23. #22

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    Carol Kaye recommends the Franz Bakelite metronôme, too.

  24. #23

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    A demonstration video of the Franz metronome


  25. #24

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    I would like to buy a mechanical/windup/old school metronome as a practical home ornament for my music corner in the future.

    I don't mind forking out a bit of dough if it looks and sounds nice. Mostly, I use a metronome on my phone but it would be fun to have a traditional one around on a shelf somewhere next to music books.

    What manufacturers and models should I look out for? Can circa 100 € get me something that can be displayed and is not too plastic-y?

    Edit: ah, I hit the post thread button before getting rid of the hyphen.

  26. #25

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    If it were mostly for decoration, I'm not sure the model and manufacturer are that important ...

    Google shows me wooden, mechanical metronomes from $30 - 180, so I'm sure you can find something.

  27. #26

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    Quote Originally Posted by Squeezebox
    I would like to buy a mechanical/windup/old school metronome as a practical home ornament for my music corner in the future.

    I don't mind forking out a bit of dough if it looks and sounds nice. Mostly, I use a metronome on my phone but it would be fun to have a traditional one around on a shelf somewhere next to music books.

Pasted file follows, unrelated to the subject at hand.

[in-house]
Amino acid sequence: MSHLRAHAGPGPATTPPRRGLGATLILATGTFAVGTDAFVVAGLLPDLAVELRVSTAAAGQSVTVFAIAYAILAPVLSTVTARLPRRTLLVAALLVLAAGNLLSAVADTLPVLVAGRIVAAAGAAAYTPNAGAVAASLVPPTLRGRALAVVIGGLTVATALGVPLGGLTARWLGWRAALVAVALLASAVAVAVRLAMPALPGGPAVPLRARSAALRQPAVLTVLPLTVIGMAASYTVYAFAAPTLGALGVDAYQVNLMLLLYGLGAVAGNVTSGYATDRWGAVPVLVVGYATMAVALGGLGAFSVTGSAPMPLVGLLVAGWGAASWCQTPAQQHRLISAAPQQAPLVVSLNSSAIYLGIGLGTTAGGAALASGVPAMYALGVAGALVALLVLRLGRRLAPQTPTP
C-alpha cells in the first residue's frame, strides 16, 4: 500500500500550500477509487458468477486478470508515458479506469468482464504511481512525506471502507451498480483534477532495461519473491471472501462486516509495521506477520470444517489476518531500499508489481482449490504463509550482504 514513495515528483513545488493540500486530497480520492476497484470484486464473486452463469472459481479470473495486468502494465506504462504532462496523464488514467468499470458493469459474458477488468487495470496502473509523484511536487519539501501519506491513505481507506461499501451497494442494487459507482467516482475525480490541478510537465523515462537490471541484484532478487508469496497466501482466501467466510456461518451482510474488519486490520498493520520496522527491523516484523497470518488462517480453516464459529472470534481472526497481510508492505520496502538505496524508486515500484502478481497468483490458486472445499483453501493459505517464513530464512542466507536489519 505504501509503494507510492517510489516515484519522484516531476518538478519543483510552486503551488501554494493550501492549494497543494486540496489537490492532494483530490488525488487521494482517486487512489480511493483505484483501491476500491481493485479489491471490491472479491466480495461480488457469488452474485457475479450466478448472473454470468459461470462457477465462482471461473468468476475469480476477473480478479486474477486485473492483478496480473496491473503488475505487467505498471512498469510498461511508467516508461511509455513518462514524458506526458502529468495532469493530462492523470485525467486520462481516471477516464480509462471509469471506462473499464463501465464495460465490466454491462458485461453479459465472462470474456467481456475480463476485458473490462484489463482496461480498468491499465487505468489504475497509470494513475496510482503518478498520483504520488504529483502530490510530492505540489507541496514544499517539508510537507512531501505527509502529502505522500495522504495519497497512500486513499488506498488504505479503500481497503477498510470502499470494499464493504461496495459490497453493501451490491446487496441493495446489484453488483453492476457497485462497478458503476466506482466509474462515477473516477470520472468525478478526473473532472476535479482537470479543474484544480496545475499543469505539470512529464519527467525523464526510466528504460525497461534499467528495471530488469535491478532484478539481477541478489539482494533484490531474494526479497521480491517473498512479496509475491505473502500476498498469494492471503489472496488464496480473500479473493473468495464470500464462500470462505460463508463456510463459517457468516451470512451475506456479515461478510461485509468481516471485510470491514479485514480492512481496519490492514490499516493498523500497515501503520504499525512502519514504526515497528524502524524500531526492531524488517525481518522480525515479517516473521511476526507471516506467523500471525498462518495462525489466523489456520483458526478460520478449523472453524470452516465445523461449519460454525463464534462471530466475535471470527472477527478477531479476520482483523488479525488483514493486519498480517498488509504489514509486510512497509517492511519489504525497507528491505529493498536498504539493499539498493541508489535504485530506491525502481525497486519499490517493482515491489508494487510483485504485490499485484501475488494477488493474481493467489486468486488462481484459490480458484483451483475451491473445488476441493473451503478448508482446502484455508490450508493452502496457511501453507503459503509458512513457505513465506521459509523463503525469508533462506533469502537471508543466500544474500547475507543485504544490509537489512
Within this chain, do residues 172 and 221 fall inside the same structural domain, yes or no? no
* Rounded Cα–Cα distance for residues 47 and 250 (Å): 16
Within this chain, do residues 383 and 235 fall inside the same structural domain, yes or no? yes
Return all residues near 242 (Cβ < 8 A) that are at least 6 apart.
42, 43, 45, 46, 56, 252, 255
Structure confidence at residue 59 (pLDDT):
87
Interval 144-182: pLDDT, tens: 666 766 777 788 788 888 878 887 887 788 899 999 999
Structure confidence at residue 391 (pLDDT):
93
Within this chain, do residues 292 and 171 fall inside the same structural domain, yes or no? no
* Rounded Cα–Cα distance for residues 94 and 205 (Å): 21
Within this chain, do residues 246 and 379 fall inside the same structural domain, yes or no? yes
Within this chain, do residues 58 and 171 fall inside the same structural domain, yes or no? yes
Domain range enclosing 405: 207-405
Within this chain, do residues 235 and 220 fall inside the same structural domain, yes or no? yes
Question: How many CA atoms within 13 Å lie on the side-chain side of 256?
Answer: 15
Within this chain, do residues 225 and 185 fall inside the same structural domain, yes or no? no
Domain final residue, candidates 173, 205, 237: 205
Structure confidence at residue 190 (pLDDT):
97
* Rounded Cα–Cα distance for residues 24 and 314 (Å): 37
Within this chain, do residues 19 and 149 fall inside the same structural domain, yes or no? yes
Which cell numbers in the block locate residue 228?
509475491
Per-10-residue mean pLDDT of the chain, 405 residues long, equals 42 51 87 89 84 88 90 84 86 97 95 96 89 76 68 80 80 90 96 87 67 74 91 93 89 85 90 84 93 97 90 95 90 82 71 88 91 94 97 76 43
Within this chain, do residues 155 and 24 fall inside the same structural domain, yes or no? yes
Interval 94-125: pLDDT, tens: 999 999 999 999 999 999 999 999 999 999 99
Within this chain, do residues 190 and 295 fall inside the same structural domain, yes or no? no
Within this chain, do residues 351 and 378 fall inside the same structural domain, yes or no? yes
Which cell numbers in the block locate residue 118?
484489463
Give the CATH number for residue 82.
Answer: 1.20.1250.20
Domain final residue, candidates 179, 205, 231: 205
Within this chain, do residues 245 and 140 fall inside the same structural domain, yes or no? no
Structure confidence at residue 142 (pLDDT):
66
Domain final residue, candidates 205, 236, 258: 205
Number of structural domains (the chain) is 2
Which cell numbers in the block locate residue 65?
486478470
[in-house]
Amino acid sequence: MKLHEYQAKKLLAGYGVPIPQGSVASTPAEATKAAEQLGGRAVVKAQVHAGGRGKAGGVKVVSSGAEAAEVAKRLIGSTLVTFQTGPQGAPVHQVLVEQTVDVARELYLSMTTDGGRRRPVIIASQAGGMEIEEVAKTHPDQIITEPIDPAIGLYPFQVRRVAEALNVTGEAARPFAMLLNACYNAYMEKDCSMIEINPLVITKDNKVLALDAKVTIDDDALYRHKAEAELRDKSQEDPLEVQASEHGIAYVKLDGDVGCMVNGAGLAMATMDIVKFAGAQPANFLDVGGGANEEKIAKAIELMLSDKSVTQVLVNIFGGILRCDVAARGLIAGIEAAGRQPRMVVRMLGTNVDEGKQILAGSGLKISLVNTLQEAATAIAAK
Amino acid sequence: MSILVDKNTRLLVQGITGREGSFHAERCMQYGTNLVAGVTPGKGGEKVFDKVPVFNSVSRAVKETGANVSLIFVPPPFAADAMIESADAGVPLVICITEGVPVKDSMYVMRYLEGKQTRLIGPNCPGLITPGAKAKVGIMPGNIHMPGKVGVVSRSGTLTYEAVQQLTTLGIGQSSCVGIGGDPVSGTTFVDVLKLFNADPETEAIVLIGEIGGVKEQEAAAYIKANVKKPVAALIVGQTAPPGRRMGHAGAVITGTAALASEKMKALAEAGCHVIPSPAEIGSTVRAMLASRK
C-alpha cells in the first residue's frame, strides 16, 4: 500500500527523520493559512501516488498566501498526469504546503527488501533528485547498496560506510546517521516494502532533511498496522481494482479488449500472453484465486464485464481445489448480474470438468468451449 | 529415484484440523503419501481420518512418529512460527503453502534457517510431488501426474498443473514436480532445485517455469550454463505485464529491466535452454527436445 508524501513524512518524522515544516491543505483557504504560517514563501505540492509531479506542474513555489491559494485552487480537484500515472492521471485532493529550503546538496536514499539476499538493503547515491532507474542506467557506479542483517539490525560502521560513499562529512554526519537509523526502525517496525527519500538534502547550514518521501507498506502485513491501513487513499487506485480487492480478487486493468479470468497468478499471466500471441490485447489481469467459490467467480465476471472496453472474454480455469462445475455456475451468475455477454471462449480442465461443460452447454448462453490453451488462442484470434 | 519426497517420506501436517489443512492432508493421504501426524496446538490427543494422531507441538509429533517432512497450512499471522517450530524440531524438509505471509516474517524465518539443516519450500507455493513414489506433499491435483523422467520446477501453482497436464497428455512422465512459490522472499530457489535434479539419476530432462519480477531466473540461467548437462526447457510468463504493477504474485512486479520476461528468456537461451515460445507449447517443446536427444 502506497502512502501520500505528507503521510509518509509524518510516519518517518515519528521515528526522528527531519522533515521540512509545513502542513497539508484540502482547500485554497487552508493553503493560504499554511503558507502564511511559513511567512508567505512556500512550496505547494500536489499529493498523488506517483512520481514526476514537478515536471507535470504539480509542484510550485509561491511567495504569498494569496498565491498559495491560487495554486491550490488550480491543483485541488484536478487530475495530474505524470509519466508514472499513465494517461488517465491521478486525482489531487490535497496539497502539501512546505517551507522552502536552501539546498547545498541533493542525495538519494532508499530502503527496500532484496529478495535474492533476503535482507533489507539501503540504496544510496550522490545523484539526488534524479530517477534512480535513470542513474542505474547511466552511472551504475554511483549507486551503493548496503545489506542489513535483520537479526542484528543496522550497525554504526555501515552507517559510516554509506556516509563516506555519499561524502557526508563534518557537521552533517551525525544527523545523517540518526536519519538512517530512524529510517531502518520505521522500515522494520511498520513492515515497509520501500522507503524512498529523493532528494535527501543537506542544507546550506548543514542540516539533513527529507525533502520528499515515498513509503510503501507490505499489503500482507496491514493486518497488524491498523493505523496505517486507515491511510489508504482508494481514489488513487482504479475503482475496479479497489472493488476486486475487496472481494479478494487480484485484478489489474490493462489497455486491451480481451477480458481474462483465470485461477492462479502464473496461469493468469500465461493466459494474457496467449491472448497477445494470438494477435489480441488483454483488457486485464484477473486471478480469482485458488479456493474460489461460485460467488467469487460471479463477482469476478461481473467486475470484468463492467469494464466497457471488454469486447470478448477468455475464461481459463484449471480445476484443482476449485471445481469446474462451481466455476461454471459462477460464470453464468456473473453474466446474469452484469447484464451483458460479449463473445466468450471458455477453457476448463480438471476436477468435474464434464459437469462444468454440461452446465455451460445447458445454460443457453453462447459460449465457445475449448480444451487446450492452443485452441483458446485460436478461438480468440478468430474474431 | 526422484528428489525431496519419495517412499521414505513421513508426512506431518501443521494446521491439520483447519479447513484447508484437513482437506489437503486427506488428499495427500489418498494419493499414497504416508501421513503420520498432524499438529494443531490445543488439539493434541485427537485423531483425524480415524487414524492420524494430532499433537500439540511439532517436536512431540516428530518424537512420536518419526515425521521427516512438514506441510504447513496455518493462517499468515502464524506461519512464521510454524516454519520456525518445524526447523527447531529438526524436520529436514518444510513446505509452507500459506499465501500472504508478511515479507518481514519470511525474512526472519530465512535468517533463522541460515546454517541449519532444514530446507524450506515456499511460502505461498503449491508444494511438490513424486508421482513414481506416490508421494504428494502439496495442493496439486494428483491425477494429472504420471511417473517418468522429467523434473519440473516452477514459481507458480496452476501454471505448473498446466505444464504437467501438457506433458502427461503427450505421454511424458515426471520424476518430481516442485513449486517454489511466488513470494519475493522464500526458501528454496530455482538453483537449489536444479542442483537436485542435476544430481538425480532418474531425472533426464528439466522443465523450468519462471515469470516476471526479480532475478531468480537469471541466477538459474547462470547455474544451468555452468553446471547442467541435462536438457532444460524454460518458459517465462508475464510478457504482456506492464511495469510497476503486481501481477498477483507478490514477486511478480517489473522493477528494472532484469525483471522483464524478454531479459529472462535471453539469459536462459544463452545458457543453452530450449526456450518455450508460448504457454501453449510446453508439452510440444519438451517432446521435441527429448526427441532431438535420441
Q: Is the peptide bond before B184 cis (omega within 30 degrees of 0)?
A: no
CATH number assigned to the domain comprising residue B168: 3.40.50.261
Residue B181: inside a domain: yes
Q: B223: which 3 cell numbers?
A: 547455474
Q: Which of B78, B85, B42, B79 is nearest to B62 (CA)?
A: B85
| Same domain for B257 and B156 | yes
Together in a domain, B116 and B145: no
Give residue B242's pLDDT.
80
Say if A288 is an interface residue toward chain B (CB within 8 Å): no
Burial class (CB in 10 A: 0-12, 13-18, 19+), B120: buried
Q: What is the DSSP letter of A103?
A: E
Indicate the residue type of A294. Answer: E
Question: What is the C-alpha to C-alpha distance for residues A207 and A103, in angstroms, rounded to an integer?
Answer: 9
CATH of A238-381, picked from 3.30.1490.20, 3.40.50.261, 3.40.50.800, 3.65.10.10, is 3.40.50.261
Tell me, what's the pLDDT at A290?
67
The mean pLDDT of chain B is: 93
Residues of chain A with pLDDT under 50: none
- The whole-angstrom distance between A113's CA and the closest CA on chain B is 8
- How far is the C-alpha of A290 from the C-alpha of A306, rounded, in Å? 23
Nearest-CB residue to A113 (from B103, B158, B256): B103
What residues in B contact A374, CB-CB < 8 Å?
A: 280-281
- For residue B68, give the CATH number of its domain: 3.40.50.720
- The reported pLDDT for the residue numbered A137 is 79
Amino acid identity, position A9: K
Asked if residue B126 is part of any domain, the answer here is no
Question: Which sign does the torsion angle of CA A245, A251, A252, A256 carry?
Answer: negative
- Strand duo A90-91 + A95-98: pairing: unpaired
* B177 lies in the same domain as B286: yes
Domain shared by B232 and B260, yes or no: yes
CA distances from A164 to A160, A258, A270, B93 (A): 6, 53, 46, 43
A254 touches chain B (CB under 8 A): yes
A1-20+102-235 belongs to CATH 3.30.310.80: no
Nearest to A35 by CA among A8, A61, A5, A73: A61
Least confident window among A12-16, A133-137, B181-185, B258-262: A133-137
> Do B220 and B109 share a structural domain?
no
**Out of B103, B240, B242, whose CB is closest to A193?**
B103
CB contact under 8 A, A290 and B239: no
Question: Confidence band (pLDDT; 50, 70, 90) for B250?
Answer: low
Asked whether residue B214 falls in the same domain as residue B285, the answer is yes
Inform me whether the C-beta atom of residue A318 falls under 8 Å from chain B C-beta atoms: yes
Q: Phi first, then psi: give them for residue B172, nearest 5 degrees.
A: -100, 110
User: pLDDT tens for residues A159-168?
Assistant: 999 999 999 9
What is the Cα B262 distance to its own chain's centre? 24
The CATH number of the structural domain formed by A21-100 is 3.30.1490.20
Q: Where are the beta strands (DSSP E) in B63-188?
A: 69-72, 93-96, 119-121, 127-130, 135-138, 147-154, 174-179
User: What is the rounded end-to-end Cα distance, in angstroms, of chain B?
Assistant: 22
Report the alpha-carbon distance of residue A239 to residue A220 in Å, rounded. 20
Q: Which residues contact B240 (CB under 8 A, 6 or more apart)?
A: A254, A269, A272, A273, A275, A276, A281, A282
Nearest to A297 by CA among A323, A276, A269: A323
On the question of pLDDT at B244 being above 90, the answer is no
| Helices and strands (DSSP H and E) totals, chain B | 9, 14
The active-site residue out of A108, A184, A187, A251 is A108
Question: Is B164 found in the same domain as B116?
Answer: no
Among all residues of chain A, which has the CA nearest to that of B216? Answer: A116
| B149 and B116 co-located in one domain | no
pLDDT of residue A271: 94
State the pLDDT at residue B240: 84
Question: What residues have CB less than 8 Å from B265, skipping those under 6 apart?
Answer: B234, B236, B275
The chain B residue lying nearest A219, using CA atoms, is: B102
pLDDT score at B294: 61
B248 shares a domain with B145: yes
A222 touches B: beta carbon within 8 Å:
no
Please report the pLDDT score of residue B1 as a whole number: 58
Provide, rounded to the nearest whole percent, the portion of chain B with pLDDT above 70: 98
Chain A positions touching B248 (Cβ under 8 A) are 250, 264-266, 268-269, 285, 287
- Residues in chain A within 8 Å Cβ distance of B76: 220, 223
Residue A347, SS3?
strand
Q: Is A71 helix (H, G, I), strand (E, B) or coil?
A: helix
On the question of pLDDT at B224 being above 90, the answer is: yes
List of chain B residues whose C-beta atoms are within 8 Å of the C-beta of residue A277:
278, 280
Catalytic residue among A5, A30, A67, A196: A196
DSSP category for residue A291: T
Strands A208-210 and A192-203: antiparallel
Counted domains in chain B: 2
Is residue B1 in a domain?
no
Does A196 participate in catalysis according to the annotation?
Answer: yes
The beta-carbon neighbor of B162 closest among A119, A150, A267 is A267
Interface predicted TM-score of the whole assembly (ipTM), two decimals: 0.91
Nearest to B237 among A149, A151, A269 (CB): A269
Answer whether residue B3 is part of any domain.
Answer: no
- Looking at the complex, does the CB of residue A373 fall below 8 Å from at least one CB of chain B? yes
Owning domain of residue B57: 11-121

What manufacturers and models should I look out for? Can circa 100 € get me something that can be displayed and is not too plastic-y?

    Edit: ah, I hit the post thread button before getting rid of the hyphen.
    Well, since you ask, there's nothing quite like that classy elegant look of a wooden Wittner (sorry I can't easily rotate pics; please tilt head) ...

    Mechanical Metronome for Guitar Practice?-20200704_084358-jpg

    Mechanical Metronome for Guitar Practice?-20200704_084347-jpg

  28. #27

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    Those classic metronomes look nice but I've personally never used one that actually kept decent time. There might be good ones out there that I've never tried of course. This might be slightly not what you are looking for but for classic looks, good time and makes a good and useful sound then pick up a vintage Franz metronome. The kind that you plug into the wall and has that orange diamond light that flashes on top. Black bakelite or wood. They haven't made them in years but used ones are still affordable. I bought mine on ebay something like fifteen years ago and I use it all the time. Best $40 I ever spent.

  29. #28

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    Franz. Gotta be a reason they've been used for 100+ years (I'm guessing)...

  30. #29

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    Just ordered a classic plug-in, light on top Franz. $30 and change on ebay.

    Thanks to the OP for reminding me...

  31. #30